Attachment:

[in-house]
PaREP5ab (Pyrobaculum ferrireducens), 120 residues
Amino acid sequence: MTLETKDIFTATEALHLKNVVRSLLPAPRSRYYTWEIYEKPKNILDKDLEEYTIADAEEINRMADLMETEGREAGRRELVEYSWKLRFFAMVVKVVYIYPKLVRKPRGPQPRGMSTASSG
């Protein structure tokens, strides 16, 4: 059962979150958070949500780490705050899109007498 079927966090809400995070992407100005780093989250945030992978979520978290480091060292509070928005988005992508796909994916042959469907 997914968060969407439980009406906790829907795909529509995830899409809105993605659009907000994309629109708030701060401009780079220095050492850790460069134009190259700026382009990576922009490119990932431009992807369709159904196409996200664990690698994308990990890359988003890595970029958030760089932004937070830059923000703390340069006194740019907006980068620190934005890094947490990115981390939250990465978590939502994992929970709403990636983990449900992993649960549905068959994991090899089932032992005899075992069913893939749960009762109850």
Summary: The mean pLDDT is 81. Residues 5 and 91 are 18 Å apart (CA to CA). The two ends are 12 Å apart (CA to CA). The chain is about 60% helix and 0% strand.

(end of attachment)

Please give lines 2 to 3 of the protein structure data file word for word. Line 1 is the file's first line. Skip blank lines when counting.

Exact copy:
PaREP5ab (Pyrobaculum ferrireducens), 120 residues
Amino acid sequence: MTLETKDIFTATEALHLKNVVRSLLPAPRSRYYTWEIYEKPKNILDKDLEEYTIADAEEINRMADLMETEGREAGRRELVEYSWKLRFFAMVVKVVYIYPKLVRKPRGPQPRGMSTASSG